All Nonfiction Bullying Books Academic Author Interviews Celebrity interviews College Articles College Essays Educator of the Year Heroes Interviews Memoir Personal Experience Sports Travel & CultureAll Opinions Bullying Current Events / Politics Discrimination Drugs / Alcohol / Smoking Entertainment / Celebrities Environment Love / Relationships Movies / Music / TV Pop Culture / Trends School / College Social Issues / Civics Spirituality / Religion Sports / Hobbies
- Summer Guide
- College Guide
- Author Interviews
- Celebrity interviews
- College Articles
- College Essays
- Educator of the Year
- Personal Experience
- Travel & Culture
- Current Events / Politics
- Drugs / Alcohol / Smoking
- Entertainment / Celebrities
- Love / Relationships
- Movies / Music / TV
- Pop Culture / Trends
- School / College
- Social Issues / Civics
- Spirituality / Religion
- Sports / Hobbies
- Community Service
- Letters to the Editor
- Pride & Prejudice
- What Matters
Our Place in the Sun MAG
“Do you want a vending machine or a flat-screen TV?”
The August sun was reddening our necks as we filled our lungs with the smell of freshly mowed grass and non-toxic markers.
“We can totally fit both,” I said in response, drawing bags of pretzels and potato chips for the snack dispenser. “But obviously the TV has to play Spongebob 24/7.”
Catherine, smiling in silent agreement, turned and began to draw its black outline and large, red power button. From her focused corner of pure, eight-year-old artistry, I heard her mutter, “One day, we’re gonna have an RV just like this one. With a vending machine and a TV and everything.”
Right in the haze of the summer, we were constructing a cardboard chariot with its GPS set for the world beyond. My great aunt’s backyard never seemed to be enough to satisfy our insatiable appetites for adventure. Sitting side-by-side in a refrigerator box of juvenile decorations and far-flung fantasies, we watched the sun rise from a silent slumber, peak in sweltering midday, and set to a starry goodnight. The box was ours; our only cohabitants were well-loved plushies and sweet, chocolate-banana popsicle stains.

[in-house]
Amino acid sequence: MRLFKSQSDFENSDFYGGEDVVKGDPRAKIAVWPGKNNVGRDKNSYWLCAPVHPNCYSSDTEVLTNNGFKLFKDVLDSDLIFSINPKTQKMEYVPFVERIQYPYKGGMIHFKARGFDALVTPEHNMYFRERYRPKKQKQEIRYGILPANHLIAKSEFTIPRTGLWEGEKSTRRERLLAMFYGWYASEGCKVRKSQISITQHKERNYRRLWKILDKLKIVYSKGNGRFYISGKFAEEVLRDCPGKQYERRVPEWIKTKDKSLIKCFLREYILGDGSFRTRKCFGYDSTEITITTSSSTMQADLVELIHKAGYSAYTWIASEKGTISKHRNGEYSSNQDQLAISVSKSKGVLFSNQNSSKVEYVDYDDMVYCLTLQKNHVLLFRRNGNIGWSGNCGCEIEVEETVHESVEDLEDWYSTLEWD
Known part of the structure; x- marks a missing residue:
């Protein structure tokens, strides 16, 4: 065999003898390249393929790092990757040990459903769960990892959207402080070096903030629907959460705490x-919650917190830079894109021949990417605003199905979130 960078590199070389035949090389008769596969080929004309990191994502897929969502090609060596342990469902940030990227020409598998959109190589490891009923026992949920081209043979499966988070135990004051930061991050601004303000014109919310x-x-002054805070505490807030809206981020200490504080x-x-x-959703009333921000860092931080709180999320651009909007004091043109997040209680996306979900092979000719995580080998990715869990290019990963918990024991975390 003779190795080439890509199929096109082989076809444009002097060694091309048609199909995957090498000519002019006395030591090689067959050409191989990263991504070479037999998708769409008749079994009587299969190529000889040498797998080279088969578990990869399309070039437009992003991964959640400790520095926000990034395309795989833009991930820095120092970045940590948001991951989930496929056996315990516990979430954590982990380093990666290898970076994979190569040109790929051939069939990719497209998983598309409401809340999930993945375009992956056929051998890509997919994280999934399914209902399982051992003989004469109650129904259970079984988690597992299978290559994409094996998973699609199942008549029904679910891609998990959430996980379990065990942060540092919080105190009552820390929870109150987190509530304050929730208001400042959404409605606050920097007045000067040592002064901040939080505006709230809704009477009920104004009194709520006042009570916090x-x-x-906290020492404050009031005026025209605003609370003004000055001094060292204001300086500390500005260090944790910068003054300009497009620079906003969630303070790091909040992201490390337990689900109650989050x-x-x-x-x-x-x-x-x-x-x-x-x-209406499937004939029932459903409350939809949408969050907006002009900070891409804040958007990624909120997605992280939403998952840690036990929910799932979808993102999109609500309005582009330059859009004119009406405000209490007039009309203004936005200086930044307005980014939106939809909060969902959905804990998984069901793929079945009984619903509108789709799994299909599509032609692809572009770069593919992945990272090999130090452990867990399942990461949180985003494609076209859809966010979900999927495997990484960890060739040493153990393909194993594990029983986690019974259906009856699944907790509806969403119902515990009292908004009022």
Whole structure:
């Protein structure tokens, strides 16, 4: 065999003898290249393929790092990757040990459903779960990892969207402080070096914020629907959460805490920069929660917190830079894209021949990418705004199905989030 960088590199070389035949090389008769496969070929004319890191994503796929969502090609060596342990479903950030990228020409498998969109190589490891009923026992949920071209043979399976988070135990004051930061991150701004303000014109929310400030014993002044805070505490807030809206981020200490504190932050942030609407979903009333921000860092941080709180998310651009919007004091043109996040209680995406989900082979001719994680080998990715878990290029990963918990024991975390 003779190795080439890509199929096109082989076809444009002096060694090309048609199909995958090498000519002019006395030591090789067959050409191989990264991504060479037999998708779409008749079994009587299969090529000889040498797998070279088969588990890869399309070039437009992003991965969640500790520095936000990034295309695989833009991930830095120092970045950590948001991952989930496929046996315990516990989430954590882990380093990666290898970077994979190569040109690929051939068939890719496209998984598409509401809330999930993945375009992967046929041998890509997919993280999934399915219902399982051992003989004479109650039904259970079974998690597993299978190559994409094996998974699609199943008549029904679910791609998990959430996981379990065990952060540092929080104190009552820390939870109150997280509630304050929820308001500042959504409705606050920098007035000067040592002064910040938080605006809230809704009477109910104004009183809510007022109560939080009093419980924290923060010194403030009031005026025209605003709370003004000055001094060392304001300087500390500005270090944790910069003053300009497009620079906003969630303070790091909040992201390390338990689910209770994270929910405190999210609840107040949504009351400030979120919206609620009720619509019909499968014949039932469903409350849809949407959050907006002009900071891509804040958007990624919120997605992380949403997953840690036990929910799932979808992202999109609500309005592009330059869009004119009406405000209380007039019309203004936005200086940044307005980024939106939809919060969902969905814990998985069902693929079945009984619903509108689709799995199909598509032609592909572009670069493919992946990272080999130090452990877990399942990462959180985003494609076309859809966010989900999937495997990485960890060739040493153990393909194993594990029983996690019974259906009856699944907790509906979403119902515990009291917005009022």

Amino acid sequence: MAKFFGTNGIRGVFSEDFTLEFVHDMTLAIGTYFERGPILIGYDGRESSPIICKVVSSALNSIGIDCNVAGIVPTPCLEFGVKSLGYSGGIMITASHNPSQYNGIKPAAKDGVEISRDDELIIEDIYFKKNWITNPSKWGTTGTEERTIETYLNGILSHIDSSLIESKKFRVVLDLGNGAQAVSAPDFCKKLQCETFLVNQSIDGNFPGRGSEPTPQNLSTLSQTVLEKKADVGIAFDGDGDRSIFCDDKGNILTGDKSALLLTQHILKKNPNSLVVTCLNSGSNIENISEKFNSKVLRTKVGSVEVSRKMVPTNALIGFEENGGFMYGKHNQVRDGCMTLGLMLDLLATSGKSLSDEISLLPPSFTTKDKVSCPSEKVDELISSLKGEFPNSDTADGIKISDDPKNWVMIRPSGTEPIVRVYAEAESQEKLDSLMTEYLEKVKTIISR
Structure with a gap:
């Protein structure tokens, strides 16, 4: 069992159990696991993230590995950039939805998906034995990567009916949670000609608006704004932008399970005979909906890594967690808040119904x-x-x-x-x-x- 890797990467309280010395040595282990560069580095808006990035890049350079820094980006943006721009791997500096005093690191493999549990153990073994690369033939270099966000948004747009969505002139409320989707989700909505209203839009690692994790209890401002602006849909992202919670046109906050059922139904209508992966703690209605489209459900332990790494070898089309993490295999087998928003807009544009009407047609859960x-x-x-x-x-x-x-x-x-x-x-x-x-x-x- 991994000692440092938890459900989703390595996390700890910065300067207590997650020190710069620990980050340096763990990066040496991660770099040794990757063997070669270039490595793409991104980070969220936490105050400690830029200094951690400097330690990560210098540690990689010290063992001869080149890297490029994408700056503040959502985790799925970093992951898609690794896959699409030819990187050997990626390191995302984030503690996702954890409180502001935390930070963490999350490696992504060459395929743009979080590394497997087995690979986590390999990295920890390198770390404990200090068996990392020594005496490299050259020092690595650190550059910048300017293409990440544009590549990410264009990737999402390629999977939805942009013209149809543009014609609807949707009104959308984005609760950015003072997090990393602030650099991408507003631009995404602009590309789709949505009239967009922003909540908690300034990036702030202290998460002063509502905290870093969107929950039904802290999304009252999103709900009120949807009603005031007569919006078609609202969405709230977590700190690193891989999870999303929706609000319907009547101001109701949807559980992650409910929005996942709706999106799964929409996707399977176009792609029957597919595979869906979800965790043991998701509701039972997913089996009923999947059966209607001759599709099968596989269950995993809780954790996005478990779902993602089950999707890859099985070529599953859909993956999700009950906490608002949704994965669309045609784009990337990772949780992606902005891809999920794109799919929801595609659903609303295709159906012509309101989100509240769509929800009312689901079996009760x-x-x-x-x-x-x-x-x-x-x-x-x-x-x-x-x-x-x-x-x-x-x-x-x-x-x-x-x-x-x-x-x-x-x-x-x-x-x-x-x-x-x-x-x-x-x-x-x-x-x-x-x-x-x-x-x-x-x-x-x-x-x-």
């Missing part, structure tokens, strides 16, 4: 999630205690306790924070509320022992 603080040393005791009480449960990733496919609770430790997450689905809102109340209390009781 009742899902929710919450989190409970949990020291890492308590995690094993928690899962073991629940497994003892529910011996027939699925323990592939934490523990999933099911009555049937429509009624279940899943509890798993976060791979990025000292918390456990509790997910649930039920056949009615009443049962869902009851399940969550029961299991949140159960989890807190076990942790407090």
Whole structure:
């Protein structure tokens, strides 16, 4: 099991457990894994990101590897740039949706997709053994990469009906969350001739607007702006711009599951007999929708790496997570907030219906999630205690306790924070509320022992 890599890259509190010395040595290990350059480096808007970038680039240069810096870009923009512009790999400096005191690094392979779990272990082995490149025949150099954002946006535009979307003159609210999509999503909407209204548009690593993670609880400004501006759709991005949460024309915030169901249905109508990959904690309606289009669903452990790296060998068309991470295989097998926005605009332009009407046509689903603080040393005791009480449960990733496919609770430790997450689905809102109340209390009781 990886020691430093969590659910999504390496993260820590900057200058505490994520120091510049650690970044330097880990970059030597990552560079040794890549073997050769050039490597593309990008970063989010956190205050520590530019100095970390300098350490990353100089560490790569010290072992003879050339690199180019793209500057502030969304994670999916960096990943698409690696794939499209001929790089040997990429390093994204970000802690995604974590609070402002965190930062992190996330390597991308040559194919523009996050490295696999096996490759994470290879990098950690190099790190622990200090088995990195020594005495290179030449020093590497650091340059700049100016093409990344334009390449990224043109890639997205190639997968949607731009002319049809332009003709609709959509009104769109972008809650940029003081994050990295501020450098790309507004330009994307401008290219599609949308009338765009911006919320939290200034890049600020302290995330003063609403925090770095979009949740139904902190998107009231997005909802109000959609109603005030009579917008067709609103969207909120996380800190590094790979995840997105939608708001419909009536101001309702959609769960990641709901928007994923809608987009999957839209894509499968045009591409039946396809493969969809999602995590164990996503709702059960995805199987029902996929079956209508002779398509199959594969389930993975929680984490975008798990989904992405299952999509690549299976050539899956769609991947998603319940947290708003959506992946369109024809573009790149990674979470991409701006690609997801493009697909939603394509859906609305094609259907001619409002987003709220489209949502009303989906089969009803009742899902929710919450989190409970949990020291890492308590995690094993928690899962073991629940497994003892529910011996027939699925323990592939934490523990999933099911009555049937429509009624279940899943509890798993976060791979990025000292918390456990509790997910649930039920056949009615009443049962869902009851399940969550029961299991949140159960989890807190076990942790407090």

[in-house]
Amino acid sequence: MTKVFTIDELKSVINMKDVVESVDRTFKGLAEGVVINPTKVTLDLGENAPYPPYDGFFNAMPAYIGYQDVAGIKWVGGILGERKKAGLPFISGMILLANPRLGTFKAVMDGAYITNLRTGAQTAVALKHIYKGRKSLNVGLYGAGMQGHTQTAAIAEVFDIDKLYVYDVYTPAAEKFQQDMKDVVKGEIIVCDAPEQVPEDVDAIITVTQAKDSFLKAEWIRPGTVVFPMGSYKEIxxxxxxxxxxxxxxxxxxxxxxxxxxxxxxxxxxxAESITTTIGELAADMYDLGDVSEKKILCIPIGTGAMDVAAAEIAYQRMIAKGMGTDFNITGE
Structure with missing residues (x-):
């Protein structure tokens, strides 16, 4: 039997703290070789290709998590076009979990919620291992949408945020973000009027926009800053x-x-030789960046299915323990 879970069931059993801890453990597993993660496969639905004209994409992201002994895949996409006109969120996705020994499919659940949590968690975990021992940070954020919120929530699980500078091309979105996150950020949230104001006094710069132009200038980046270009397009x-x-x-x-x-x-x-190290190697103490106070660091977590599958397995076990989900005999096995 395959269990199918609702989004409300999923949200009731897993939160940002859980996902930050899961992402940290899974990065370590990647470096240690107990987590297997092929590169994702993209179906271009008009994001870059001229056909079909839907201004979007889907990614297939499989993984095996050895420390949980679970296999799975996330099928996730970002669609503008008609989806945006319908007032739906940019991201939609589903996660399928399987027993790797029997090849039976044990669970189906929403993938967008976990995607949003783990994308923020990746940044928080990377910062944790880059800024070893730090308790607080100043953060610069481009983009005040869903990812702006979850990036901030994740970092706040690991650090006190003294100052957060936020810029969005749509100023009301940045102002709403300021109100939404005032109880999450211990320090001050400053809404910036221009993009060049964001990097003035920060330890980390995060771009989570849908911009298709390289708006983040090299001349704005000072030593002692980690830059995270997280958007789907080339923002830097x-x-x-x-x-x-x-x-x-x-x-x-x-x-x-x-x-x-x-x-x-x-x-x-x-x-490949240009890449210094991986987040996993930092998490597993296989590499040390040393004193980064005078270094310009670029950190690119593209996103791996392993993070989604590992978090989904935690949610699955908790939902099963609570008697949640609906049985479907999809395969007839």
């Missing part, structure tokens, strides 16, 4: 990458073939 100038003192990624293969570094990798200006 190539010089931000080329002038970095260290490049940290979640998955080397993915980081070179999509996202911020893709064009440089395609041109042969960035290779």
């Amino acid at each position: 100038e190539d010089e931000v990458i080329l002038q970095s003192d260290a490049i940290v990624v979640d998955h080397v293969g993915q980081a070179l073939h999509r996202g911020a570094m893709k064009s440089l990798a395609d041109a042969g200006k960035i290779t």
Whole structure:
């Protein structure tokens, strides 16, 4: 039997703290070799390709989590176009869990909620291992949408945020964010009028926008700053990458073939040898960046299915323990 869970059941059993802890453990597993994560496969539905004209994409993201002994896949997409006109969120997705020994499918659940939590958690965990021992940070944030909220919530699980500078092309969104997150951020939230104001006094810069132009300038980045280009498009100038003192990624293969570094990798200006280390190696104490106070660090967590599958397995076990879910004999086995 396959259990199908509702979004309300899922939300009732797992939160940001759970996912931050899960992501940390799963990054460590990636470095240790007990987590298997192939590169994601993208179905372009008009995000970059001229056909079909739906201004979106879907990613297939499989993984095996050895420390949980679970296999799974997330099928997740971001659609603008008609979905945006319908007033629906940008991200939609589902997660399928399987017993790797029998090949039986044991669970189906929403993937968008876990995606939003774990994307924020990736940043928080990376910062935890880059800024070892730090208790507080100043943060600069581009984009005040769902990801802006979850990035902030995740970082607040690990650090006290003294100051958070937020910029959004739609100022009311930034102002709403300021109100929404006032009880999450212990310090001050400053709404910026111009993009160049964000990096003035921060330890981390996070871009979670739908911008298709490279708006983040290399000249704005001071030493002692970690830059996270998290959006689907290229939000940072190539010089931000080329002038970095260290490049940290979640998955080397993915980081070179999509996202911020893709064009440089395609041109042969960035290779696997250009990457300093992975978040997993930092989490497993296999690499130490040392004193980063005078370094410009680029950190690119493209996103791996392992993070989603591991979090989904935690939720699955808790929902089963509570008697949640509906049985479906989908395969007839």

“Hey, you know what I just remembered?”
I finally blinked and looked away from the yellow strip of grass in the middle of the lawn.
“The big box we used to have as kids. That thing was crazy.” Catherine always had this amazing ability to say exactly what I was thinking. “Ha, I wish my car had a vending machine.”
The corners of my lips turned slightly, but I don’t like the taste of nostalgia. Quickly, though, I responded, “You know what I wish? I wish they still made those banana-chocolate ice pops.”
Sitting side-by-side on painted, wooden beach chairs, we watched the sun crawl behind the trees, occasionally peaking out from behind the branches. Catherine’s legs stuck to the seat as she tried to stand up, her mother’s call resounding from across the driveway.
“Do you want to help me pick out some decorations for my dorm room?” she asked me through clenched teeth.
“I’ll be there in a sec.”
I remained there for a minute, feet planted firmly on the ground. I looked back at the yellow patch of grass. The backyard was enough.